Old Tech, Right Time.
Looking back at the “dot-com bubble,” one must remember that the thousands of projects that popped up that time were not necessarily wrong. They were just too early. Researchers have termed this “right tech, wrong time” syndrome.
In 2016-2017, blockchain applications suffered from a similar crisis. While they may have gotten the innovation right, the ecosystem wasn’t developed to support DeFi or gaming applications.
Blockchain gaming is impractical on Ethereum, which became obvious after the Crypto Kitties debacle. At the time, the infrastructure for creating dApps on Layer-2s was underdeveloped, and the industry lacked incentives for players.
With the development of the Layer-2s and emergence of GameFi with well-crafted earning mechanisms, the oldest play-to-earn gaming project, Cryptobots, is aiming for a comeback. Early investors can benefit from the game by flipping NFTs or acting as landlords of the play-to-earn (P2E) game.
Cryptobots is the first play-to-earn (P2E) blockchain launched at the peak of the 2017 hype. It had a similar design to most presently popular blockchain games, an NFT collection, and online battle modes.
Playneta, a Russian gaming company, developed the game in two months and had the first roll out in February 2018. A few of the games created by Playneta have over 50 million downloads, which speaks in favor of their experience in mobile gaming.
However, the team had to stop CryptoBots due to a lack of demand for the game in a bear market and low user awareness.
Fast forward to 2022, the team is relaunching the blockchain game with a new NFT collection. The NFTs will be issued on Ethereum. The team hasn’t specified the platform it’ll use for gaming, although hinted at a Layer-2 adoption.
Investment in the game comes with a lower risk to reward ratio than hundreds of other blockchain games because of their history with one of the earliest gaming NFT drops, giving them a stronger “meme.”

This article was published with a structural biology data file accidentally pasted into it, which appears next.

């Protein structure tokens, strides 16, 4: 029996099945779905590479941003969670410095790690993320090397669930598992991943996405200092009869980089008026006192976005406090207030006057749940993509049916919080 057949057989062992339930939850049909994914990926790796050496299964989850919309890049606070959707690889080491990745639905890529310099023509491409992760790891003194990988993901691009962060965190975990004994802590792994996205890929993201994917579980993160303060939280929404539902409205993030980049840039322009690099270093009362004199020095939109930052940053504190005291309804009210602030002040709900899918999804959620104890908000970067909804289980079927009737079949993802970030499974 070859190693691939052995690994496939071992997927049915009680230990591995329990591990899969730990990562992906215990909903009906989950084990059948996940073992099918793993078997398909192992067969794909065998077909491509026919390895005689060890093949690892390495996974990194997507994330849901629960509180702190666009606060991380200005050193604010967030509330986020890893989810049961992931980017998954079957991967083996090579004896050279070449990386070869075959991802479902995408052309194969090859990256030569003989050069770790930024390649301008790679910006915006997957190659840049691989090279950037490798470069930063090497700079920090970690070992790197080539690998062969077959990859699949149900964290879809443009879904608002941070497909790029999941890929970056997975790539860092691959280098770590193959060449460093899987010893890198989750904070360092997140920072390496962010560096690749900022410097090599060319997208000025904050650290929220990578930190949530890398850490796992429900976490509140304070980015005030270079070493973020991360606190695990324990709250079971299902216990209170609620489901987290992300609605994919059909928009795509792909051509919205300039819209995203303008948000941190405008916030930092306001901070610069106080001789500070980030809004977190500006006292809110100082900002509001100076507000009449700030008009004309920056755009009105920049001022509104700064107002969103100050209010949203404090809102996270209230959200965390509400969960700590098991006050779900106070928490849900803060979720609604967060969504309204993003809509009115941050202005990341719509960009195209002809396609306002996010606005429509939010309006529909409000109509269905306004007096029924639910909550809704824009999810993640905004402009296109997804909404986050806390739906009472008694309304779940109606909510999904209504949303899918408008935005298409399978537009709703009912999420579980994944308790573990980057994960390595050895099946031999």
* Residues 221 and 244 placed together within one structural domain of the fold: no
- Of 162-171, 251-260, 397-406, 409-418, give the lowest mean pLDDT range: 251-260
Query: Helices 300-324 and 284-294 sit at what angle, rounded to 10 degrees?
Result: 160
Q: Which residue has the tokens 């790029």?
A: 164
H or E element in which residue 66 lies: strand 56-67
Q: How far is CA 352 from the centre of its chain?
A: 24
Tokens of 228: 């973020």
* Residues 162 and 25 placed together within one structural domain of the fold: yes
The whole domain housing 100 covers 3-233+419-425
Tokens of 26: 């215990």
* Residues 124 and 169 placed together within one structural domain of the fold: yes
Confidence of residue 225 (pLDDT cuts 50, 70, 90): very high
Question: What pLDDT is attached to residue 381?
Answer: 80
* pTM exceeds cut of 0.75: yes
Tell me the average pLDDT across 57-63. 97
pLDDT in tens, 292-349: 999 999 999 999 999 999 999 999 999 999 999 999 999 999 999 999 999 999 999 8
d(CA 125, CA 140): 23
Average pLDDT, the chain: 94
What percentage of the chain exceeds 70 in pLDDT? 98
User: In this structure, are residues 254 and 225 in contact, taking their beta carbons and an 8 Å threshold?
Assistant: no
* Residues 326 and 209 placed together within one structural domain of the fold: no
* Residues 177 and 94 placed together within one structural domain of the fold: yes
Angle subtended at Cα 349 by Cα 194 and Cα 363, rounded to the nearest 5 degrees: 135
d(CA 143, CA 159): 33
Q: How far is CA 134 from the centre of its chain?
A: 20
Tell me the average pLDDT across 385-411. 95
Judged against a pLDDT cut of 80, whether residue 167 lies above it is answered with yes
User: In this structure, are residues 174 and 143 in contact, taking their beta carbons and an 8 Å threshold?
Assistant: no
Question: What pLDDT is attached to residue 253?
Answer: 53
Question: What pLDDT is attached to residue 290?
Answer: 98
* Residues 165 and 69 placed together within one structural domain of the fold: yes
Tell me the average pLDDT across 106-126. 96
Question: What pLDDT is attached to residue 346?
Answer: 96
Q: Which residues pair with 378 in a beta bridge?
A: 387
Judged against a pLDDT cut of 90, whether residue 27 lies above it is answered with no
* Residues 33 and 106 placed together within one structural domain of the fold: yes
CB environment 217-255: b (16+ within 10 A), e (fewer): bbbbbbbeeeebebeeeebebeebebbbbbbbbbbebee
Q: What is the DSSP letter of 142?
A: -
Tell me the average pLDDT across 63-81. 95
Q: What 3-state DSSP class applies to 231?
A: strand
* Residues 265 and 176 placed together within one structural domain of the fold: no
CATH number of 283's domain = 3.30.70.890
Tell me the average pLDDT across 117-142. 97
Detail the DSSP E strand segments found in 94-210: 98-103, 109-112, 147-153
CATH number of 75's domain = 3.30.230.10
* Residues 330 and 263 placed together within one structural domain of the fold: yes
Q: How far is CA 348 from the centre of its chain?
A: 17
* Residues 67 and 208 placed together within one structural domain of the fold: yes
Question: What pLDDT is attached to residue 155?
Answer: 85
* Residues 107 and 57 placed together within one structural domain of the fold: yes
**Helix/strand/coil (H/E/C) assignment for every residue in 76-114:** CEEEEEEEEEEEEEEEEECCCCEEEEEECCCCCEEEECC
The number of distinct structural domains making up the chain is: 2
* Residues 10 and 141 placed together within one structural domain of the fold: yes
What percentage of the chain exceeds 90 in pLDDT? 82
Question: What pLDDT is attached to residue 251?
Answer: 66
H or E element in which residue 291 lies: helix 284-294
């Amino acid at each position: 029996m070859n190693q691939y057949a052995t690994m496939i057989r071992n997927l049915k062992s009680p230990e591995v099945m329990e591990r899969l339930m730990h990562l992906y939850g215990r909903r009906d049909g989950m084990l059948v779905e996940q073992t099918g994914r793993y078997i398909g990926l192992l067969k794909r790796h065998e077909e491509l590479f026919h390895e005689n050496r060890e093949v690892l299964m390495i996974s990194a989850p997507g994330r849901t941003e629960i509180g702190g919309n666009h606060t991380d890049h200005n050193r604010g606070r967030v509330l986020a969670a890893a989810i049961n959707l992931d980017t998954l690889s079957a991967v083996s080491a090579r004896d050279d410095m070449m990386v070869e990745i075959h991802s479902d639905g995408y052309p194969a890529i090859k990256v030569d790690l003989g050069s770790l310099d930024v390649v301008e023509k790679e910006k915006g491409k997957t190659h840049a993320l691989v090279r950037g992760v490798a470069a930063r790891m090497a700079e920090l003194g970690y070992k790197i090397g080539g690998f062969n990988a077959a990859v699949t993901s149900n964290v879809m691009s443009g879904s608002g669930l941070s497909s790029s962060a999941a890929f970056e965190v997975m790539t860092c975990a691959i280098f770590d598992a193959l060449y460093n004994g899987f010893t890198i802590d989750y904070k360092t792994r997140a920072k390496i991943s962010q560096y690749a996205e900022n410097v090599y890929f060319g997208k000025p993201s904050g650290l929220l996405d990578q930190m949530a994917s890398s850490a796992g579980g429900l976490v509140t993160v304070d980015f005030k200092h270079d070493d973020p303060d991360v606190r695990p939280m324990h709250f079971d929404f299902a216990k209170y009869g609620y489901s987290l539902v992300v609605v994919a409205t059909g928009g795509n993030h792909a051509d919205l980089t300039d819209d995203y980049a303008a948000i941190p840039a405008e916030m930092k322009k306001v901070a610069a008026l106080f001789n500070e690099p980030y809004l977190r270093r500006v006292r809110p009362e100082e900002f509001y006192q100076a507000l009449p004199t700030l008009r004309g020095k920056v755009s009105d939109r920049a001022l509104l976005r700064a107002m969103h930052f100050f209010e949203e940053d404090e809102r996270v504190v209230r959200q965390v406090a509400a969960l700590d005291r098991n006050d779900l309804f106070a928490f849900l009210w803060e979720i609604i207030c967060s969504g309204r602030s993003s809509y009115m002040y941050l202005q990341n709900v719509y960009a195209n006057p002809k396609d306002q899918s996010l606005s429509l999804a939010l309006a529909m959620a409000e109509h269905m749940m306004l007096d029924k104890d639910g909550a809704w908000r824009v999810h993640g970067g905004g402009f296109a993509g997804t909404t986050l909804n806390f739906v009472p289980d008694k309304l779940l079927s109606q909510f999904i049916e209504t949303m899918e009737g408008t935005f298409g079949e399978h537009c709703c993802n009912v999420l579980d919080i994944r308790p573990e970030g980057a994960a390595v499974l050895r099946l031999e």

Moreover, since they were able to deliver the game within two months after their initial NFT sale, we can expect a similar speed of delivery this time as well. According to the team, the relaunch is planned for spring 2022.
The team has announced a new NFT collection, Genesis Bots, for their 2.0 venture. The drop date is Feb. 3, 2022.
The minting rights of the new collection are given to original collection owners, minting pass holders, and certain whitelisted community members.
The average price of the original collection, called Classic Bots, surged 3X after the announcement. Last week, the Classic Bots collection was the top traded NFT in the gaming category on the largest Ethereum marketplace, OpenSea.
Trading volume of gaming NFTs. Source: Non-Fungible.com
The Classic Bot owners can buy three NFTs from the new collection or exchange their NFT for the genesis collection. They should fill this form to get whitelisted for the upcoming drop. The floor price of Classic Bots is 0.32 ETH. However, I have less preference for this route because it gives access to only three NFTs and is more expensive than passes.
The mint pass cost is between 0.03 to 0.9 ETH, enabling you to mint between 3 to 90 Genesis Bots. At the time of the drop, this mint pass amount will be deducted from the cost of a bot NFT. For instance, to mint 9 NFTs it costs 0.9 ETH (minting price of the genesis bots is 0.1 ETH). Now, if you paid 0.09 ETH for the mint pass, you’d only pay 0.81 ETH at the time of sale, totalling 0.9 ETH.
CryptoBots will also have a token that the team will likely airdrop to NFT holders like other blockchain games.
As mentioned before, given Playneta’s experience in the mobile gaming space, a quick rollout of the CryptoBots game can potentially fare well in developing countries and help increase its user base like Axie Infinity. In such a scenario, the Genesis collection would quickly rise in value.
You can rent your NFTs to interested players and share the in-game token rewards from the game. Moreover, in all probability, early NFT holders will be eligible for token rewards.